Zealand's Olympians were given a formal welcome home by hundreds in
Chef de Mission Dave Currie led 88 athletes, including 23 medal winners, as they were given a traditional Maori welcome at Pioneer Stadium in front of a noisy crowd.
Currie said: "This has been an amazing team to be part of." They were "unbelievably proud" to represent New Zealand, and London put on a "wonderful show" for the Games, he said.
He told the crowd that the team was overwhelmed by the enthusiasm and passion that greeted them in Christchurch today and spoke of the "wonderful achievements" of the athletes and support they were shown.
The support from New Zealand has been fantastic, the support from Canterbury has Christchurch has been overwhelming, he said.
We felt your support, and it made a difference. Collectively we should all be very proud of what we have achieved.
Christchurch Mayor Bob Parker said the people of the city and the rest of Canterbury knew about adversity and thanked the athletes for giving their time to come to the city.
"We want to say, Mr Currie, to you and your wonderful team - these people who have inspired all of us, not just in Christchurch and Canterbury, but right around New Zealand - thank you for this wonderful act of generosity in giving your time to allow us, the people of Christchurch, to make this your official home-coming."
He said it was "great" to have the Olympic athletes back home.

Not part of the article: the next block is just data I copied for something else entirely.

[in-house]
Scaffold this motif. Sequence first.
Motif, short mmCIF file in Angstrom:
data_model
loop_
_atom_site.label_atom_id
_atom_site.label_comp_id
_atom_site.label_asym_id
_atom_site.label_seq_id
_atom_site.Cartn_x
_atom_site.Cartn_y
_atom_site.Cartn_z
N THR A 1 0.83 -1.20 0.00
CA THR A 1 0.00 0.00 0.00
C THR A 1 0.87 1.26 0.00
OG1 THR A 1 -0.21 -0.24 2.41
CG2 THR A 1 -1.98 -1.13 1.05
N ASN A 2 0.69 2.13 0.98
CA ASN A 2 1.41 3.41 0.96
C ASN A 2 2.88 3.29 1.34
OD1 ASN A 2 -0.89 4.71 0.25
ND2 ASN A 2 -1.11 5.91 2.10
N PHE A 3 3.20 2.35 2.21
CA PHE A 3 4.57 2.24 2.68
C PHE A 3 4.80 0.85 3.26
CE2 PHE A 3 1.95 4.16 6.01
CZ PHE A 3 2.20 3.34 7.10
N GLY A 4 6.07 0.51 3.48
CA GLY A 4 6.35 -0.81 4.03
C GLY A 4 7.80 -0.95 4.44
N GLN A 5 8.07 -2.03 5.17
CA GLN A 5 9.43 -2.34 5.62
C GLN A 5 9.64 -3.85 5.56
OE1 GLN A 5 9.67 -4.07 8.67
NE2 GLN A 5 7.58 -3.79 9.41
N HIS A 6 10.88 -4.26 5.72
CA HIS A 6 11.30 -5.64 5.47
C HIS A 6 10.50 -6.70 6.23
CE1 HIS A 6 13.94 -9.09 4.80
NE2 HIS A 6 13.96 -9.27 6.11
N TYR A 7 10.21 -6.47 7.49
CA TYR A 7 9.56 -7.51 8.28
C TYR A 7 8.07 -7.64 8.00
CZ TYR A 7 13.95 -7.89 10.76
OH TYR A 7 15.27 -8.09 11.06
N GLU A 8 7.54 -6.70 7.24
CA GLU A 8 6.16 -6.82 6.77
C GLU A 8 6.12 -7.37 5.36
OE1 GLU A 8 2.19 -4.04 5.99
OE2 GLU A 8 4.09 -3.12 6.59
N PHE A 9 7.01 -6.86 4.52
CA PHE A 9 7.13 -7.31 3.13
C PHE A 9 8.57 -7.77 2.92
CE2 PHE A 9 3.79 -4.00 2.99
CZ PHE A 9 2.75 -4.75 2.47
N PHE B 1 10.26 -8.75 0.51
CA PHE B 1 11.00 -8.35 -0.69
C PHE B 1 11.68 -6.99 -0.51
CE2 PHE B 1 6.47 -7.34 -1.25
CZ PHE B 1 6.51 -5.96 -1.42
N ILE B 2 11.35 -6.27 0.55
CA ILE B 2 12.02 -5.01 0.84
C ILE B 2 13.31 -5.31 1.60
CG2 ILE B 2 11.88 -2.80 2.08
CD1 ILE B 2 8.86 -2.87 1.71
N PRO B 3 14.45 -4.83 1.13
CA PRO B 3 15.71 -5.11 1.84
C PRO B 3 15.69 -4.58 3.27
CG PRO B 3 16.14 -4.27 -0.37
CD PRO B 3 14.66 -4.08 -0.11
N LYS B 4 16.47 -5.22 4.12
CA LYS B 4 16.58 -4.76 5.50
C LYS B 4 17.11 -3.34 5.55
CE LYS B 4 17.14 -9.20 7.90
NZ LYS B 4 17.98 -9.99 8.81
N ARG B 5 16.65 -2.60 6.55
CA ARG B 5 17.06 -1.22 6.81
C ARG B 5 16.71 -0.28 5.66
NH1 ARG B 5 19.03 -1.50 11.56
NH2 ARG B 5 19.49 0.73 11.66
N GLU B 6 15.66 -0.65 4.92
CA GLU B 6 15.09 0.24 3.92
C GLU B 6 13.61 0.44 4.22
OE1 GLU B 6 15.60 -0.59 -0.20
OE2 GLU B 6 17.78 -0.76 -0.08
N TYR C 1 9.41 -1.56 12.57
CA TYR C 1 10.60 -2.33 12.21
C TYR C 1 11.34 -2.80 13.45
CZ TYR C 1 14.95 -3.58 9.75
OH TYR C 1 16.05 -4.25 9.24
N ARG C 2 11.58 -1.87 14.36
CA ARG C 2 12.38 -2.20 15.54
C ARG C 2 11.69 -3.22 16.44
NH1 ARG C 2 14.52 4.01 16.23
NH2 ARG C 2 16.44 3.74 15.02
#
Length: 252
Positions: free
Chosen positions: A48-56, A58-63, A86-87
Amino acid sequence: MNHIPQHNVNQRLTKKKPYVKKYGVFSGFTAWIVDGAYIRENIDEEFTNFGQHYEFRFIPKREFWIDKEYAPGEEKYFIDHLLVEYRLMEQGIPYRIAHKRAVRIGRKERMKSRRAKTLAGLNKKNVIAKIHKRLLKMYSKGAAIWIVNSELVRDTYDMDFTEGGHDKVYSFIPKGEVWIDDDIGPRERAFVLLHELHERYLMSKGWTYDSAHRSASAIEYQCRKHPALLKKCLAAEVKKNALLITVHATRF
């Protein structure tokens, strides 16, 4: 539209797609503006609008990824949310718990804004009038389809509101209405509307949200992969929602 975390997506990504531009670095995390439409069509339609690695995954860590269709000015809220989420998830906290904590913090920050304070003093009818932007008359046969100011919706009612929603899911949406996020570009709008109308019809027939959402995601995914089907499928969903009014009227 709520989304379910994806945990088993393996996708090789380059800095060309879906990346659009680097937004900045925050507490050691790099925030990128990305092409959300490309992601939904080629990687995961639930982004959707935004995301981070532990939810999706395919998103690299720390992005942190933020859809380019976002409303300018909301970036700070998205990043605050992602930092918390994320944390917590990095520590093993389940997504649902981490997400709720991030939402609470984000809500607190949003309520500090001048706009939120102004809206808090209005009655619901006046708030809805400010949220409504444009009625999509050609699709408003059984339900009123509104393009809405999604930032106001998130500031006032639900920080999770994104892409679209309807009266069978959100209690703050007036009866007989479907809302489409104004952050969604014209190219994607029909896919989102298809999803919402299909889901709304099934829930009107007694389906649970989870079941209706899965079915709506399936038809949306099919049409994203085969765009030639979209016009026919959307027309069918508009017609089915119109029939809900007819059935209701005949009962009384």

"We just want to say that we welcome our Olympic heroes, they got to the greatest sporting competition on earth, and every single one of them represented us with great pride, with honour, and distinguished themselves and made us feel very, very proud."
"We can achieve in our city, what each of them have achieved on their individual basis."
Soldiers to be farewelled
It is an emotional time for the city with the celebrations coming just a day after the bodies of three soldiers were returned from Afghanistan.
Yesterday the bodies of Corporal Luke Tamatea, Lance Corporal Jacinda Baker and Private Richard Harris were flown into the city for a ramp ceremony, where a rousing haka was performed to welcome them home.
A full memorial service will be held at Burnham Military Camp on Saturday.
"The Burnham family is the Christchurch family as far as we're concerned," said Parker.
"There's a wonderful symbolism for us in the story of our Olympic athletes, and the sacrifices, and the hard times, and the hard work that they go through, and they came out the other side and they showed us what it is to aspire and to reach for the sky.
"And that's really the story of our city at the moment - we're in that situation.
"We've gone through an incredibly difficult time and we're starting to turn that corner, and we've got some big goals to reach as well.
"So we're very grateful that the Olympians would come here and join with us today, it's a very special time for us," he said.